By. K. McIntosh
Picture a skier at the top of a mountain, all alone, surrounded by nothing but a sublime view. The skier, surrounded by trees and snow, contemplates the ideal line of descent down the tumultuous terrain. What gender did you associate with the skier?
The main takeaway from Stoddart’s (2013) article is that a combination of factors influence the gender bias however one that may not be evident is in the inscribed physical environment where these sports are performed. Of course, the more identifiable examples of gendered sportscapes are created by the media and exemplified within ski magazines, websites, and more. The demonstrated youthful, carefree, and riskiness in this media is associated (and marketed) towards a masculine audience.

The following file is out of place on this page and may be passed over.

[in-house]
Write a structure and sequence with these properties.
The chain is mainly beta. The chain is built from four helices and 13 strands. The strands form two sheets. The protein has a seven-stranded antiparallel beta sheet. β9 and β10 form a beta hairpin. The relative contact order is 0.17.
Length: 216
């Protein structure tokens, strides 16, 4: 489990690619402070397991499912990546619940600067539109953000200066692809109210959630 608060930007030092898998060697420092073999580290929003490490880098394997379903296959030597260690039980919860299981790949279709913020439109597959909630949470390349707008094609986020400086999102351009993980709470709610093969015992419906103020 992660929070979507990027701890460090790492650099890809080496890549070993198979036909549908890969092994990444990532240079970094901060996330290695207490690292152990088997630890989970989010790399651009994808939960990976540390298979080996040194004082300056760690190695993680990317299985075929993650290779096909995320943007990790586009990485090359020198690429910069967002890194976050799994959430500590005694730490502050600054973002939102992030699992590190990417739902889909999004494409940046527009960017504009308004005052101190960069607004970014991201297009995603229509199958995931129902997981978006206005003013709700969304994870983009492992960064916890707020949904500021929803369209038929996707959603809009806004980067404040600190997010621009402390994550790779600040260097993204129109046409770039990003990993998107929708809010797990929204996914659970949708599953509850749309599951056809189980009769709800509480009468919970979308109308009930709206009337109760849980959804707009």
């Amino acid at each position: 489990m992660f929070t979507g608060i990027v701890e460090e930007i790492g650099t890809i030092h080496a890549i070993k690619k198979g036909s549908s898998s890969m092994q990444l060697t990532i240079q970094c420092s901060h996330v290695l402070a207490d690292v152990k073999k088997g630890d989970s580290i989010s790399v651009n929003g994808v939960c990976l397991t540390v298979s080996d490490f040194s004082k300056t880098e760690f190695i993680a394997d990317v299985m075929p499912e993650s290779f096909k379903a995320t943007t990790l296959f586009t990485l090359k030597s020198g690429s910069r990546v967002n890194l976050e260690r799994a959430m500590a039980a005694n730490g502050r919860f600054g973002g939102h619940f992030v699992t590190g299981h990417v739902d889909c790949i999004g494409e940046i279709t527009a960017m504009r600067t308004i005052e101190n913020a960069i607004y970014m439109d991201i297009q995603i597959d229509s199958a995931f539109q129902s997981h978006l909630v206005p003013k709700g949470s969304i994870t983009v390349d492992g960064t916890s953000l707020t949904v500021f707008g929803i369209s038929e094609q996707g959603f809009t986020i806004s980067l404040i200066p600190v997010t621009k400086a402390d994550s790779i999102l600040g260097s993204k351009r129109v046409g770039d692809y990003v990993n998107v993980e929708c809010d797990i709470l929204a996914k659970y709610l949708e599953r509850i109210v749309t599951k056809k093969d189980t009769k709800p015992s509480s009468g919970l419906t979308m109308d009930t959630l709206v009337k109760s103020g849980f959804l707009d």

It was also discussed in the article that skiers interviewed (both male and female) identified backcountry skiing as a male dominated activity. The women did not feel comfortable adventuring into the unknown without the guidance of an experienced male. However, it was noted that things are beginning to change and that women feel more empowered to get a group of women together and explore all that nature has to offer.
The feminist movement has aided in the appeal of pushing one’s boundaries and we are to recognize that this is not only limited to politics and workplace, but that it is also present in the recreational environment.
Stoddart, M. J. C. (2013). Constructing masculinized sportscapes: Skiing, gender and nature in British Columbia, Canada. International Review for the Sociology of Sport. 46(1), 108-124.